A 6∈L. Likewise (interchanging the roles of B, C, D) we can show that E 6=G and F 6=G. By construction we know that A is not equal to E, F or G. We claim that B is not equal to any of these three points either; by construction we cannot have B =E. If, say, B =F, then we know that the lines AB and AF =AC are equal, so that C ∈ABand A ∈ BC =L. This contradicts our choice of A, so we cannot have B =F. Similarly, we cannot haveB =G(switch the roles of
C and D in the argument we just finished). Finally, if we switch the roles of B and either C or
D, then we may similarly conclude thatC and D are also distinct fromE, F, G. Putting this all together, we conclude that the points A, B, C, D, E, F, G are all distinct.
II.2 : Synthetic axioms of order and separation
1. Let a = (a1, a2, a3), b = (b1, b2, b3), and c = (c1, c2, c3). Since the three points are collinear we have b2 =a+t(c−a) for some scalar t. We need to show that under the conditions of the exercise we have 0< t <1.
If we specialize the formula for b2 to the first coordinate we find that b1 = a1+t(c1 −a1). Solving for t, we obtain the following equation:
t = b1−a1
Since 0< b1−a1 < c1−a1 it follows that 0< t <1 as required.
2. Following our usual procedure, we need to find scalars sand t such that 0< t <1< s
Since C = 0, it is easier to work this problem using ordinary coordinates instead of barycentric coordinates. Thus we are looking for a point whose coordinates are (t,1−t) = 2(s−1), (s−1)
. Setting the first and second coordinates equal, we have t= 2s−2 and 1−t =s−1. If we solve this system of equations we obtain the values t= 2
3 and s= 4
3. Thus there is a pointX such that
X is between A andB, and also C is between D and X.
3. The betweenness conditions in the problem yield the equations C=A+u(B−A) and
E =A+v(B−A) whereu, v >1. Therefore we want to find a point X such that
X = sB + (1−s)E = tD + (1−t)C
where 0< s, t <1. We shall use the same method as in many other problems. Expand the second and third expressions in terms of A, B, and D, note that the coefficients add up to one in both cases, and use the uniqueness of barycentric coordinates to conclude that the coefficients of A, B,
and D are equal.
Here is what we get if we expand the two expressions:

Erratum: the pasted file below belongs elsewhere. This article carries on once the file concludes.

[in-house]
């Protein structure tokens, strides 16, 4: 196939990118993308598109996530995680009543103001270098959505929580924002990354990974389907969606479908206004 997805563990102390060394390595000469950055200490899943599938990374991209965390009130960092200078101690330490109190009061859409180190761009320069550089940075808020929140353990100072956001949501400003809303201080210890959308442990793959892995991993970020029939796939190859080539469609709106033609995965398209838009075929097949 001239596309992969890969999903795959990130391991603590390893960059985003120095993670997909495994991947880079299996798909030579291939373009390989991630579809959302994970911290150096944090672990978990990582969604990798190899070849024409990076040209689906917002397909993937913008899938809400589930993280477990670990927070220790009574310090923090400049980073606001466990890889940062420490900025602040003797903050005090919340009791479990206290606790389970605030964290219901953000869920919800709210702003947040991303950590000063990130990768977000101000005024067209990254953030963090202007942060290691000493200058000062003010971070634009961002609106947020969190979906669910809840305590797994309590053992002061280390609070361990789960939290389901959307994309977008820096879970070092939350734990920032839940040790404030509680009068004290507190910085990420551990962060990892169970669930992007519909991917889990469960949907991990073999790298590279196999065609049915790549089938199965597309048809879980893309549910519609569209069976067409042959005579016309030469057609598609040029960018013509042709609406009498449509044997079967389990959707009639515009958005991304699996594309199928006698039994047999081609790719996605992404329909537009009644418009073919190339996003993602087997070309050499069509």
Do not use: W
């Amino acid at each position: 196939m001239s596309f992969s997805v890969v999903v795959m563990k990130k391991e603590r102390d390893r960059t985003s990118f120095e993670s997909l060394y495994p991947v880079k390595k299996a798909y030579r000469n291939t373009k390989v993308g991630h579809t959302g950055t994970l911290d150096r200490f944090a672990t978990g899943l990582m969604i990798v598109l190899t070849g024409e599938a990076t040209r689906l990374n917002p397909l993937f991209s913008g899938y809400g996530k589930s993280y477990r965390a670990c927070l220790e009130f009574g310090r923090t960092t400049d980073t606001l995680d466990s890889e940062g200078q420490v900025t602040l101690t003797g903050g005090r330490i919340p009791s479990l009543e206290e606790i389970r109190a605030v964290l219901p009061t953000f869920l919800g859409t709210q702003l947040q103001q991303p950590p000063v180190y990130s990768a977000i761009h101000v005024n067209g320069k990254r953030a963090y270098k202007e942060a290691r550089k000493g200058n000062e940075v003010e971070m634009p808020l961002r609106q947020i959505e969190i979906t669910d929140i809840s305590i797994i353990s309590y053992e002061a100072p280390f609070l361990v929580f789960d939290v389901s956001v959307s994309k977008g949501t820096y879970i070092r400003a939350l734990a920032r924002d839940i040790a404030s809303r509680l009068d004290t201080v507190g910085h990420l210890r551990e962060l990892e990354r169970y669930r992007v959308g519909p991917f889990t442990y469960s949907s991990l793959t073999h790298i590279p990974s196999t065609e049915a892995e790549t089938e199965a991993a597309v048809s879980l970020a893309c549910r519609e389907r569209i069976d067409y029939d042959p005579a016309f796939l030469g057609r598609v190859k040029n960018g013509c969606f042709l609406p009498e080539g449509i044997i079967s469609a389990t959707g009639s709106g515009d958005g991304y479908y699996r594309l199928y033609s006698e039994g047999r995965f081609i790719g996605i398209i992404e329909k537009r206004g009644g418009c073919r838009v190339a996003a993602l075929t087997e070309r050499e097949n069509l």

X = sB + (1−s)[A + v(D−A)] = (1−s)(1−v)A + sB + (1−s)vD X = tD + (1−t)[A + u(B−A)] = (1−t)(1−u)A + (1−t)uB + tD
The coefficients of A, B, and D in both right hand expressions add up to 1, and therefore by the uniqueness of barycentric coordinates we know that the corresponding coefficients are equal. Therefore we have
s = (1−t)u, (1−s)(1−v) = (1−t)(1−u), t = (1−s)v
and these yield the following system of two linear equations forsand t:
s + tu = u sv + t = v
If we solve this system we obtain the following values:
s = u−uv
1−uv, t =
To complete the proof, we need to check that s and t are between 0 and 1; the key point is to recall thatu and vare both greater than 1. The latter inequalities imply that the numerators and denominators of the expressions forsand tare both negative, and thus it follows that the quotient expressions for sand t are both positive. To see that these numbers are less than 1, multiply the numerators and denominators by−1 to obtain
s = uv−u
uv−1, t =
and note that 0< uv−u, uv−v < uv−1 becauseu and v are both greater than 1.
4. The equation ofLis 4y =x+10, and this may be rewritten in the form 0 = 4y−x−10 =
f(x, y). Two points (a, b) and (c, d) lie on the same side ofL if and only if the signs off(a, b) and
If we substitute the values for the coordinates of the two points, we obtainf(4,−2) = 4(−2)− 4−10 =−22 andf(6,8) = 4·8−6−10 = 16. Since one value is positive and the other is negative, it follows that the two points lie on opposite sides of the line L.
5. In this case the lineLis defined by the equation 3x−y−7 = 0. We now havef(8,5) = 12 and f(−2,4) =−17, so once again the two points lie on opposite sides of the lineL.
6. Suppose that X and Y lie on the line M. Since L∩M =∅, it follows that neither X